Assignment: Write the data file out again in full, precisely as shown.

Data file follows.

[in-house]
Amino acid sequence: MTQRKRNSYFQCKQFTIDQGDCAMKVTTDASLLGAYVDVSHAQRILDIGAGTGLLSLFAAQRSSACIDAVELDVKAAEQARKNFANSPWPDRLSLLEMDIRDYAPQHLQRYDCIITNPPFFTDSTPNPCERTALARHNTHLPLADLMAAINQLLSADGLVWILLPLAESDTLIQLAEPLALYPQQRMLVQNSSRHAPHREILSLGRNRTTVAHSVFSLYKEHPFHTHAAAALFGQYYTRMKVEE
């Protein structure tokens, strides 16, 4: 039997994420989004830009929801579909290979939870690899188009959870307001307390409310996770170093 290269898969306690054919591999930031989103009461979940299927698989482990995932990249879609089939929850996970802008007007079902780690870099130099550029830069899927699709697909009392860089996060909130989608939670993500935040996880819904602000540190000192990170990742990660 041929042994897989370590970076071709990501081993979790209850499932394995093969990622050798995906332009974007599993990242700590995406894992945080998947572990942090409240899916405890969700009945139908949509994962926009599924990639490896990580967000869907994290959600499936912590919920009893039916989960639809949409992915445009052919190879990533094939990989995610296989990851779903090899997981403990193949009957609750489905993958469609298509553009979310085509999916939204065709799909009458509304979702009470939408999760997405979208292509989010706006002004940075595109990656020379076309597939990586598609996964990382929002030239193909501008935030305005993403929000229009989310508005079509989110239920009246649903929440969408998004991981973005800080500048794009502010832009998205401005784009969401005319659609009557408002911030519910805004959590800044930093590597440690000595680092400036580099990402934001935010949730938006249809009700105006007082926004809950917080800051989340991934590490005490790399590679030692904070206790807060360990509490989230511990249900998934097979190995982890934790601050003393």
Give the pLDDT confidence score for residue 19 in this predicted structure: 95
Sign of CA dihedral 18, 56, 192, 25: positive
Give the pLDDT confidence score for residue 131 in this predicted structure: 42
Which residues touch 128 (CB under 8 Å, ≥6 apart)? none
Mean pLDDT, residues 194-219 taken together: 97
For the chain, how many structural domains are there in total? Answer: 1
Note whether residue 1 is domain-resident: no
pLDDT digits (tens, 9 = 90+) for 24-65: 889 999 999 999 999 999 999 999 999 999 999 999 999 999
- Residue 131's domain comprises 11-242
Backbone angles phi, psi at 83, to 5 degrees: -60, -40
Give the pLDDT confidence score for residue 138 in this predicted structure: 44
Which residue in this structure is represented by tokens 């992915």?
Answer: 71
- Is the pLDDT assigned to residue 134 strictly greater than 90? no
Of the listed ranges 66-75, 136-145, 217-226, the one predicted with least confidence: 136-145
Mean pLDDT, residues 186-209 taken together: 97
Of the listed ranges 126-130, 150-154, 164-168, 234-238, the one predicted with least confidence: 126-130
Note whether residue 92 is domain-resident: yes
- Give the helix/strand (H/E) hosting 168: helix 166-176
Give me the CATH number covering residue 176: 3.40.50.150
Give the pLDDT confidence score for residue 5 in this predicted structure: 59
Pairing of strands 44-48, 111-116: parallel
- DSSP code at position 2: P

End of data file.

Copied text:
[in-house]
Amino acid sequence: MTQRKRNSYFQCKQFTIDQGDCAMKVTTDASLLGAYVDVSHAQRILDIGAGTGLLSLFAAQRSSACIDAVELDVKAAEQARKNFANSPWPDRLSLLEMDIRDYAPQHLQRYDCIITNPPFFTDSTPNPCERTALARHNTHLPLADLMAAINQLLSADGLVWILLPLAESDTLIQLAEPLALYPQQRMLVQNSSRHAPHREILSLGRNRTTVAHSVFSLYKEHPFHTHAAAALFGQYYTRMKVEE
């Protein structure tokens, strides 16, 4: 039997994420989004830009929801579909290979939870690899188009959870307001307390409310996770170093 290269898969306690054919591999930031989103009461979940299927698989482990995932990249879609089939929850996970802008007007079902780690870099130099550029830069899927699709697909009392860089996060909130989608939670993500935040996880819904602000540190000192990170990742990660 041929042994897989370590970076071709990501081993979790209850499932394995093969990622050798995906332009974007599993990242700590995406894992945080998947572990942090409240899916405890969700009945139908949509994962926009599924990639490896990580967000869907994290959600499936912590919920009893039916989960639809949409992915445009052919190879990533094939990989995610296989990851779903090899997981403990193949009957609750489905993958469609298509553009979310085509999916939204065709799909009458509304979702009470939408999760997405979208292509989010706006002004940075595109990656020379076309597939990586598609996964990382929002030239193909501008935030305005993403929000229009989310508005079509989110239920009246649903929440969408998004991981973005800080500048794009502010832009998205401005784009969401005319659609009557408002911030519910805004959590800044930093590597440690000595680092400036580099990402934001935010949730938006249809009700105006007082926004809950917080800051989340991934590490005490790399590679030692904070206790807060360990509490989230511990249900998934097979190995982890934790601050003393």
Give the pLDDT confidence score for residue 19 in this predicted structure: 95
Sign of CA dihedral 18, 56, 192, 25: positive
Give the pLDDT confidence score for residue 131 in this predicted structure: 42
Which residues touch 128 (CB under 8 Å, ≥6 apart)? none
Mean pLDDT, residues 194-219 taken together: 97
For the chain, how many structural domains are there in total? Answer: 1
Note whether residue 1 is domain-resident: no
pLDDT digits (tens, 9 = 90+) for 24-65: 889 999 999 999 999 999 999 999 999 999 999 999 999 999
- Residue 131's domain comprises 11-242
Backbone angles phi, psi at 83, to 5 degrees: -60, -40
Give the pLDDT confidence score for residue 138 in this predicted structure: 44
Which residue in this structure is represented by tokens 């992915």?
Answer: 71
- Is the pLDDT assigned to residue 134 strictly greater than 90? no
Of the listed ranges 66-75, 136-145, 217-226, the one predicted with least confidence: 136-145
Mean pLDDT, residues 186-209 taken together: 97
Of the listed ranges 126-130, 150-154, 164-168, 234-238, the one predicted with least confidence: 126-130
Note whether residue 92 is domain-resident: yes
- Give the helix/strand (H/E) hosting 168: helix 166-176
Give me the CATH number covering residue 176: 3.40.50.150
Give the pLDDT confidence score for residue 5 in this predicted structure: 59
Pairing of strands 44-48, 111-116: parallel
- DSSP code at position 2: P